I started college in 1999. Yes, I was a freshman before Facebook was even a thing.
At the time, my biggest responsibilities included stocking my dorm of Pop Tarts (the freshman 15 is a real thing) and rolling out of bed in time to make it to class just a few feet away. I guess it was too easy, or my focus wasn’t there, because I left that school after just one year to join my then-boyfriend at his first duty station. My young love for that Marine far surpassed any personal satisfaction for the degree I was just beginning.
From that point on, college always eluded me. My relationship with school has been off and on, and at each and every location we have lived, I have taken some notches off my degree requirements. It was the one individual thing for myself that transcended the chaos that accompanies loving a military member, raising babies, and working when there are bills to pay.
With each PCS move, I transferred schools and, in turn, lost credits. A loss of credits meant a loss of time and money, and so I fell into a cycle of retaking courses or having to meet different guidelines at the next school. Even though I prefer the human interaction offered by a brick-and-mortar school, I finally got wise and found a school that wouldn’t be interrupted by the components of this life — the University of Maryland University College. It was all online.
While some of my obstacles to graduation day were due to military life, other times they were self inflicted. Shortly after relocating to that first duty station, unprecedented times happened as the country grappled with September 11th and any sense of calm in the military community was gone. The op tempo changed and that then boyfriend, who became my husband, left frequently. We also made the decision to grow our family.
But it was a fellow military spouse’s advice years ago that finally helped me understand why I was falling short. Janet McIntosh, an Army wife and friend, told me that nobody is going to treat my college goal as a priority if I don’t. All these years I spread my time across so many commitments — family, volunteering, jobs, fun opportunities, etc — I wasn’t committing like I needed to be. And, so I stopped. I stopped saying yes to everything and I scaled back massively on formal and informal volunteerism, which is hard, because there are so many benefits to participating in those activities.
I also stopped feeling entitled to things. Entitled to catching up on DVR, entitled to a night out, or entitled to skip an assignment because I was too tired. I was finally all in, and guess what? It worked.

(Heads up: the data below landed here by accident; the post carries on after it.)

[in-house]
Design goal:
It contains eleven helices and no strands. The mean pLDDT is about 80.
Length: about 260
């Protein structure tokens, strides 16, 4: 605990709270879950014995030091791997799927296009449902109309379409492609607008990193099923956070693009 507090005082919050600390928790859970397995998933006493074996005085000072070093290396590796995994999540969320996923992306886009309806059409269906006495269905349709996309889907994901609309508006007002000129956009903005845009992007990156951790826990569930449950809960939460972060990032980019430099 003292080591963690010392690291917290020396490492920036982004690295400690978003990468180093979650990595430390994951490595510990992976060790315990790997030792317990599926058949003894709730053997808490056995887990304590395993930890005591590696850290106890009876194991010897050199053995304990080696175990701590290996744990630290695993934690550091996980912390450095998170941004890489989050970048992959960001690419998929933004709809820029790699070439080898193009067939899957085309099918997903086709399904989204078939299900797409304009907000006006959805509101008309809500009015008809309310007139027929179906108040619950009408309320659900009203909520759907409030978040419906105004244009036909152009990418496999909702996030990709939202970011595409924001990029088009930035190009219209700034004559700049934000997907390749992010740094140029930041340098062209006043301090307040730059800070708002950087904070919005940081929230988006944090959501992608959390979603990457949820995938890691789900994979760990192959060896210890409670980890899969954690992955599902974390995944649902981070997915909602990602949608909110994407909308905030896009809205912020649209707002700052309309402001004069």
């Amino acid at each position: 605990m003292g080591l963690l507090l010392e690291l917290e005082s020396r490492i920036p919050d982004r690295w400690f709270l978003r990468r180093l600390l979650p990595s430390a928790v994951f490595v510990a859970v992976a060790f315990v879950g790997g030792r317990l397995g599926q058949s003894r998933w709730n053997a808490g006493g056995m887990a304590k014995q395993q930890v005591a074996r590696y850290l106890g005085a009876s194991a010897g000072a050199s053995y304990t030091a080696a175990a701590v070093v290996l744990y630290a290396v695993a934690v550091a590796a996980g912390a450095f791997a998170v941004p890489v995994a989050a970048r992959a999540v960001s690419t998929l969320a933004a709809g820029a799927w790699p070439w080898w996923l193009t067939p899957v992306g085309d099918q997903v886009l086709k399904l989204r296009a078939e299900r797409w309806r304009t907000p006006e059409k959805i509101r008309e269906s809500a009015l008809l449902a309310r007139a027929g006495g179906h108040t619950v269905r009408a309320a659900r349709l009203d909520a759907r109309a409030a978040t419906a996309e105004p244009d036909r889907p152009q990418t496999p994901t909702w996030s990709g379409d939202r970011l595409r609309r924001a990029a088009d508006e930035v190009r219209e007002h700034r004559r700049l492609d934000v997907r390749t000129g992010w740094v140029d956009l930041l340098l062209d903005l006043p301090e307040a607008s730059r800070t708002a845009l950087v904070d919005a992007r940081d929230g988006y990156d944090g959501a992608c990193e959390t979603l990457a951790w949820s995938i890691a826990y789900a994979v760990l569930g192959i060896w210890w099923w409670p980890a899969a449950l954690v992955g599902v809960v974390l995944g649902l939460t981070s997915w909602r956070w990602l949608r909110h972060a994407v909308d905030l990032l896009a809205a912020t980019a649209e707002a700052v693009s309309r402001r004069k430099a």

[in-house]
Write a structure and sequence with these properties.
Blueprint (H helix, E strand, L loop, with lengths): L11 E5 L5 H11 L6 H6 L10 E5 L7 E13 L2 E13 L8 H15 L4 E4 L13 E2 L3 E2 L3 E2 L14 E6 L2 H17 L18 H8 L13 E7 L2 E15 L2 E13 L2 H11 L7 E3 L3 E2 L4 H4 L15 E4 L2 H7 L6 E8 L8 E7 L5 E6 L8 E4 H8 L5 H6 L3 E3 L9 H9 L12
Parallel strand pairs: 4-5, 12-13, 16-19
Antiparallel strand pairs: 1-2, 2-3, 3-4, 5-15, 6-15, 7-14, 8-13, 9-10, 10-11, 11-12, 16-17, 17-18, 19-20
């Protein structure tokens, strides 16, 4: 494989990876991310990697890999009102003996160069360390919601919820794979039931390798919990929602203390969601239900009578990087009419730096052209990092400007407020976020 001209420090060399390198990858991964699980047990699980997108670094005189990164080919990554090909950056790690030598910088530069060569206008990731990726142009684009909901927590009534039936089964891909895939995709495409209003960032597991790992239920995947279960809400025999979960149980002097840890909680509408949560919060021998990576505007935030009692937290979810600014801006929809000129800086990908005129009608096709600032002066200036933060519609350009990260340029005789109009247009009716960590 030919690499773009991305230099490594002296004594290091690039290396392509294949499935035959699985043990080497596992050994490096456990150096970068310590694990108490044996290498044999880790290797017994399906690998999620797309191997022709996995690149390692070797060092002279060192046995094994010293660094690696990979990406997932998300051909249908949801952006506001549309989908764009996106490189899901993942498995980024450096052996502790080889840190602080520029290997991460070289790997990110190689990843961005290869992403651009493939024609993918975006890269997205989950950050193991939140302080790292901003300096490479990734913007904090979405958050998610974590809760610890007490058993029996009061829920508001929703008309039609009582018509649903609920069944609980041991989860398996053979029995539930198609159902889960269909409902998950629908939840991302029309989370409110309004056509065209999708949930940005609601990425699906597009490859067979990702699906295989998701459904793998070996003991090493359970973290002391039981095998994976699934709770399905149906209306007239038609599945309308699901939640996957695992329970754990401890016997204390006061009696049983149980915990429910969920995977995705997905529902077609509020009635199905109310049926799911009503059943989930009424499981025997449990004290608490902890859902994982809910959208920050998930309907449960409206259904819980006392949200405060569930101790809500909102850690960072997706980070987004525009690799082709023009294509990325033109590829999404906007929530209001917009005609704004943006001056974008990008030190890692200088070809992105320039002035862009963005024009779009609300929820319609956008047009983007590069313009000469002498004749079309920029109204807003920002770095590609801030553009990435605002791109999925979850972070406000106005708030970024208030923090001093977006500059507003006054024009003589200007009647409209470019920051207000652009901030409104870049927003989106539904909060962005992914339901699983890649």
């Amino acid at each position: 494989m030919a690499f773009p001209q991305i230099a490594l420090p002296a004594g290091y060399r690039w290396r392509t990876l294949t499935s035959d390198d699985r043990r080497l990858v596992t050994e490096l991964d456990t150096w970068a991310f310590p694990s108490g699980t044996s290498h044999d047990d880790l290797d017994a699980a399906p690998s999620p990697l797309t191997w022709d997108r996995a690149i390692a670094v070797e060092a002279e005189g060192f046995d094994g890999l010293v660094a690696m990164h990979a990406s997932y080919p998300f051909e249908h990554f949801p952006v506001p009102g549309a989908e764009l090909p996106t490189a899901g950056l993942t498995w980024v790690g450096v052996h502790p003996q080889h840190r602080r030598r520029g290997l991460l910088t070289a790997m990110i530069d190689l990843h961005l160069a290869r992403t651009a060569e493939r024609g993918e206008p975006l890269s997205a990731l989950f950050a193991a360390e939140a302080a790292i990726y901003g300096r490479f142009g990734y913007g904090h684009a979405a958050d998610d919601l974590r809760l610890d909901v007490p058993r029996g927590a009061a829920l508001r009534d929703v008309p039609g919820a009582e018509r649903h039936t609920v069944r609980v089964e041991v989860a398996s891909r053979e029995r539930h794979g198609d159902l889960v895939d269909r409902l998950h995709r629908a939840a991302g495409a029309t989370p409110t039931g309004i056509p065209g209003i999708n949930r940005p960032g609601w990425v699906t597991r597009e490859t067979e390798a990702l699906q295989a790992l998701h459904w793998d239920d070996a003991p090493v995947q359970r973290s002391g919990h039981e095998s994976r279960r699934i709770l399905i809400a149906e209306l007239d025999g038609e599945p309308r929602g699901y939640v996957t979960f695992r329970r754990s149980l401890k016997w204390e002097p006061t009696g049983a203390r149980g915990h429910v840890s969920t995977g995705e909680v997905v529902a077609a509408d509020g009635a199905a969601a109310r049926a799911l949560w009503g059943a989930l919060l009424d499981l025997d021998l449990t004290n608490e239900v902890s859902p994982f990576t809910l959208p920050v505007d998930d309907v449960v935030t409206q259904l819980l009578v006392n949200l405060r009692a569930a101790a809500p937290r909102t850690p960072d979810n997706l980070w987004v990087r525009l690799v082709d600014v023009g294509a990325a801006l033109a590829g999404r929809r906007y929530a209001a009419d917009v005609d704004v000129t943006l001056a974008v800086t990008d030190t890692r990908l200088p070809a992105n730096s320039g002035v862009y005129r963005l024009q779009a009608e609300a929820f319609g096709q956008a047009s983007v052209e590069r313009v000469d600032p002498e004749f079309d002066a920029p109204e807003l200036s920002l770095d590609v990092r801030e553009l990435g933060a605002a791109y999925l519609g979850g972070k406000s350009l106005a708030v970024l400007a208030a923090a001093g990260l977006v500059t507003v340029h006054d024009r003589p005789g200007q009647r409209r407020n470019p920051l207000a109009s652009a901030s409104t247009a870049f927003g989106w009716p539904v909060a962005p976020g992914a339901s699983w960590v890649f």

So here I am, about to walk across a stage as someone hands me that piece of paper that holds so much value to me. And, I am not too modest to admit that I am so very proud of myself because this would have been a very easy thing to quit at so many stages. I have had incredible opportunities even without a degree accomplishment on my resume, but this was far too important. Plus, my boys, my three sons, they will sit in that audience and hear their mom’s name called and they will know you don’t ever quit on yourself. Ever.
To the military spouses out there who feel like it is impossible to achieve something for you in this roller coaster life, I am here to tell you that you are worth it and you can do it. While your path to that goal may not be straightforward, it may have a whole lot of detours, never let your dreams get lost in the overwhelming responsibilities of life happening. Find something solely for yourself and work at it, even if your effort can only be a little at a time. You will get your graduation day.
Tips for military spouse students:
1) Before you commit to a college schedule, look ahead.
At the start of every semester, I was always so excited to register that I often took on more than I should. Discuss upcoming commitments with your service member so that you have a full picture of just how much will be on your plate. Will they be leaving for training or a deployment? Is there PCS orders in your future? Do your kids play sports and their schedules will be full? Build a clear picture of your responsibilities, then set your schedule.
2) Remind yourself that you are a college student.
This point is especially important if you attend school online. A fellow spouse suggested ordering some school memorabilia to feel ‘part’ of the college experience. Mine was a coffee mug.
3) Schedule time for schoolwork.
There is never enough time in a day for all that has to happen, whether it be sleep or exercise or homework. Block out reasonable amounts of time so that you are not cramming to get assignments done.
4) Designate a study space.
Find a place in your house where you can do dedicated learning, or, if your house is busy like mine, check out local coffee shops or the base library.
5) Hold yourself accountable by making it your priority.
Be open with family, friends, and your supervisor that you are enrolled in school and it will require x amount of your time. Commit to scaling back on any extracurricular activities. This is just a short chapter of your life, you can resume your favorite undertakings after you are done or when you are on a break.
6) Be your biggest cheerleader.
Own your success and don’t be afraid to pat yourself on the back for each milestone during your college career.
Download The Ultimate List of 2019 Military Scholarships for more resources and tips.Read comments